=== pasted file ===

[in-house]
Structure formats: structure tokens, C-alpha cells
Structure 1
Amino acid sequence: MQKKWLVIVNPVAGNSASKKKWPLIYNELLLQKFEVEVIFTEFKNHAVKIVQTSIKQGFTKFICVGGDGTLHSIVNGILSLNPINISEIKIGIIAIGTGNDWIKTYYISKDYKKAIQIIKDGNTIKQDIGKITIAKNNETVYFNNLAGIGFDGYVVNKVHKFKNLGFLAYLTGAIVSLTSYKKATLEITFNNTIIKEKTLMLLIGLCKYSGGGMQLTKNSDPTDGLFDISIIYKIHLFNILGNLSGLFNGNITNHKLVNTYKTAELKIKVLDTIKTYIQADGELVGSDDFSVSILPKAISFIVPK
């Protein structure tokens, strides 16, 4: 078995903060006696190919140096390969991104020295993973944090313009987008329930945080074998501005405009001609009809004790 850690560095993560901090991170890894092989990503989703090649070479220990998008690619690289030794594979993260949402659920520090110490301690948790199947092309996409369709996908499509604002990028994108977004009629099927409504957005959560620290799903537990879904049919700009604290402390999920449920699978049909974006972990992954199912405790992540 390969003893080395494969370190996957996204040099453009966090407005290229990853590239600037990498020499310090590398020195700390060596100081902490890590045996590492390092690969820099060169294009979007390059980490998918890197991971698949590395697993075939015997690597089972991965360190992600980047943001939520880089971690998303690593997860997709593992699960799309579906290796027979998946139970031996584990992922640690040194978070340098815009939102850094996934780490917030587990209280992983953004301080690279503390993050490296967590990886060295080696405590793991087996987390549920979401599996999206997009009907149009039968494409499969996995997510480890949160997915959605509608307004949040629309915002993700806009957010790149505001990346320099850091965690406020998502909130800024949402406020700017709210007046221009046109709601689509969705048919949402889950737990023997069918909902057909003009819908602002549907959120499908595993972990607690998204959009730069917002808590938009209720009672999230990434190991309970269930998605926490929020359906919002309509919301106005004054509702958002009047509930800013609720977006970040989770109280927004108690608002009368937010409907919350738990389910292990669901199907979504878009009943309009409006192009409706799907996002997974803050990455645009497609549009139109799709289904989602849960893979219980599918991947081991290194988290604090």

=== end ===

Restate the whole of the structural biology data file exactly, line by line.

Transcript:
[in-house]
Structure formats: structure tokens, C-alpha cells
Structure 1
Amino acid sequence: MQKKWLVIVNPVAGNSASKKKWPLIYNELLLQKFEVEVIFTEFKNHAVKIVQTSIKQGFTKFICVGGDGTLHSIVNGILSLNPINISEIKIGIIAIGTGNDWIKTYYISKDYKKAIQIIKDGNTIKQDIGKITIAKNNETVYFNNLAGIGFDGYVVNKVHKFKNLGFLAYLTGAIVSLTSYKKATLEITFNNTIIKEKTLMLLIGLCKYSGGGMQLTKNSDPTDGLFDISIIYKIHLFNILGNLSGLFNGNITNHKLVNTYKTAELKIKVLDTIKTYIQADGELVGSDDFSVSILPKAISFIVPK
């Protein structure tokens, strides 16, 4: 078995903060006696190919140096390969991104020295993973944090313009987008329930945080074998501005405009001609009809004790 850690560095993560901090991170890894092989990503989703090649070479220990998008690619690289030794594979993260949402659920520090110490301690948790199947092309996409369709996908499509604002990028994108977004009629099927409504957005959560620290799903537990879904049919700009604290402390999920449920699978049909974006972990992954199912405790992540 390969003893080395494969370190996957996204040099453009966090407005290229990853590239600037990498020499310090590398020195700390060596100081902490890590045996590492390092690969820099060169294009979007390059980490998918890197991971698949590395697993075939015997690597089972991965360190992600980047943001939520880089971690998303690593997860997709593992699960799309579906290796027979998946139970031996584990992922640690040194978070340098815009939102850094996934780490917030587990209280992983953004301080690279503390993050490296967590990886060295080696405590793991087996987390549920979401599996999206997009009907149009039968494409499969996995997510480890949160997915959605509608307004949040629309915002993700806009957010790149505001990346320099850091965690406020998502909130800024949402406020700017709210007046221009046109709601689509969705048919949402889950737990023997069918909902057909003009819908602002549907959120499908595993972990607690998204959009730069917002808590938009209720009672999230990434190991309970269930998605926490929020359906919002309509919301106005004054509702958002009047509930800013609720977006970040989770109280927004108690608002009368937010409907919350738990389910292990669901199907979504878009009943309009409006192009409706799907996002997974803050990455645009497609549009139109799709289904989602849960893979219980599918991947081991290194988290604090």